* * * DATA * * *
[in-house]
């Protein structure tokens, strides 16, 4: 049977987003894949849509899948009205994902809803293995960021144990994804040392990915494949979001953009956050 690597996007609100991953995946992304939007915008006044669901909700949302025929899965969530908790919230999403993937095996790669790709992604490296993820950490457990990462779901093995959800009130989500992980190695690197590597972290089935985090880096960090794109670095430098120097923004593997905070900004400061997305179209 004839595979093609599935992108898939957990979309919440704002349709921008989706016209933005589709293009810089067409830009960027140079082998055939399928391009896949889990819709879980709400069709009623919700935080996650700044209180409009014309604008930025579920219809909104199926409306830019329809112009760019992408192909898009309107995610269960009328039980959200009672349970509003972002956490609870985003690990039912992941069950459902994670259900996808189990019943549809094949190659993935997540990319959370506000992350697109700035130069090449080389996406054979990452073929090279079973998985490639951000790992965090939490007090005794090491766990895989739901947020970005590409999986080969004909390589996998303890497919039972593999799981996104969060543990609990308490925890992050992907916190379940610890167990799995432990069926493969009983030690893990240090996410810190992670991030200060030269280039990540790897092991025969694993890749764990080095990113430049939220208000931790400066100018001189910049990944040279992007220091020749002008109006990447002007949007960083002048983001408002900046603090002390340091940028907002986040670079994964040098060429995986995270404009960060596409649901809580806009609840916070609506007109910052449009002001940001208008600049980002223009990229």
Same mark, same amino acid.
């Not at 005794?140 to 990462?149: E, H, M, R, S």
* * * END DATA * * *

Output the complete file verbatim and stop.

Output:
[in-house]
């Protein structure tokens, strides 16, 4: 049977987003894949849509899948009205994902809803293995960021144990994804040392990915494949979001953009956050 690597996007609100991953995946992304939007915008006044669901909700949302025929899965969530908790919230999403993937095996790669790709992604490296993820950490457990990462779901093995959800009130989500992980190695690197590597972290089935985090880096960090794109670095430098120097923004593997905070900004400061997305179209 004839595979093609599935992108898939957990979309919440704002349709921008989706016209933005589709293009810089067409830009960027140079082998055939399928391009896949889990819709879980709400069709009623919700935080996650700044209180409009014309604008930025579920219809909104199926409306830019329809112009760019992408192909898009309107995610269960009328039980959200009672349970509003972002956490609870985003690990039912992941069950459902994670259900996808189990019943549809094949190659993935997540990319959370506000992350697109700035130069090449080389996406054979990452073929090279079973998985490639951000790992965090939490007090005794090491766990895989739901947020970005590409999986080969004909390589996998303890497919039972593999799981996104969060543990609990308490925890992050992907916190379940610890167990799995432990069926493969009983030690893990240090996410810190992670991030200060030269280039990540790897092991025969694993890749764990080095990113430049939220208000931790400066100018001189910049990944040279992007220091020749002008109006990447002007949007960083002048983001408002900046603090002390340091940028907002986040670079994964040098060429995986995270404009960060596409649901809580806009609840916070609506007109910052449009002001940001208008600049980002223009990229």
Same mark, same amino acid.
């Not at 005794?140 to 990462?149: E, H, M, R, S």